It’s amusing that commentators regularly hyperventilate at the prospect of the Dow crossing an even number of thousands, such as 14,000 or 15,000. If they keep reacting that way, a 5.3% annual gain for the century will mean they experience at least 1,986 seizures during the next 92 years. While anything is possible, does anyone really believe this is the most likely outcome? 
Dividends continue to run about 2%. Even if stocks were to average the 5.3% annual appreciation of the 1900s, the equity portion of plan assets – allowing for expenses of .5% – would produce no more than 7% or so. And .5% may well understate costs, given the presence of layers of consultants and high-priced managers (“helpers”). 
Naturally, everyone expects to be above average. And those helpers – bless their hearts – will certainly encourage their clients in this belief. But, as a class, the helper-aided group must be below average. The reason is simple: 1) Investors, overall, will necessarily earn an average return, minus costs they incur; 2) Passive and index investors, through their very inactivity, will earn that average minus costs that are very low; 3) With that group earning average returns, so must the remaining group – the active investors. But this group will incur high transaction, management, and advisory costs. Therefore, the active investors will have their returns diminished by a far greater percentage than will their inactive brethren. That means that the passive group – the “know-nothings” – must win.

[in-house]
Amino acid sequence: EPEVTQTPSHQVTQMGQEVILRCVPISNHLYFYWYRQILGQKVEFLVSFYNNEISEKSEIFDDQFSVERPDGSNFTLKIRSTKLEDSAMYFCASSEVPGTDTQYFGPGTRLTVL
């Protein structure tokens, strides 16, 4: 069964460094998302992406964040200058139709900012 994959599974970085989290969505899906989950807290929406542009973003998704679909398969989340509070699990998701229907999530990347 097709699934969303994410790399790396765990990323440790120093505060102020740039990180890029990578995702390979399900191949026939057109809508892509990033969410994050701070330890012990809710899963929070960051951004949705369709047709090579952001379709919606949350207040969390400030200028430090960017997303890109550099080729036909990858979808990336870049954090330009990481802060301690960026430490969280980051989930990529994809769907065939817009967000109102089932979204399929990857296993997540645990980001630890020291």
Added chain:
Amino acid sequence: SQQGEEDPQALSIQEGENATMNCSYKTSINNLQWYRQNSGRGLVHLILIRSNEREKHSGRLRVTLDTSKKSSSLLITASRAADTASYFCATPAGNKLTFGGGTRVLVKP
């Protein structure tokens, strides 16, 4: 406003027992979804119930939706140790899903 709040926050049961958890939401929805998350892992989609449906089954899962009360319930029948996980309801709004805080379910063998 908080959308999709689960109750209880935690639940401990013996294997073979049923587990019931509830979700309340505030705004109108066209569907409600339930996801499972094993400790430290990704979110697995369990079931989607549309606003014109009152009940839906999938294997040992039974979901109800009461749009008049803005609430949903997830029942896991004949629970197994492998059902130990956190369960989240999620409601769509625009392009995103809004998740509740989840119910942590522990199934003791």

I should mention that people who expect to earn 10% annually from equities during this century – envisioning that 2% of that will come from dividends and 8% from price appreciation – are implicitly forecasting a level of about 24,000,000 on the Dow by 2100. If your adviser talks to you about double-digit returns from equities, explain this math to him – not that it will faze him. Many helpers are apparently direct descendants of the queen in Alice in Wonderland, who said: “Why, sometimes I’ve believed as many as six impossible things before breakfast.” Beware the glib helper who fills your head with fantasies while he fills his pockets with fees. 
Some companies have pension plans in Europe as well as in the U.S. and, in their accounting, almost all assume that the U.S. plans will earn more than the non-U.S. plans. This discrepancy is puzzling: Why should these companies not put their U.S. managers in charge of the non-U.S. pension assets and let them work their magic on these assets as well? I’ve never seen this puzzle explained. But the auditors and actuaries who are charged with vetting the return assumptions seem to have no problem with it.

What is no puzzle, however, is why CEOs opt for a high investment assumption: It lets them report higher earnings. And if they are wrong, as I believe they are, the chickens won’t come home to roost until long after they retire.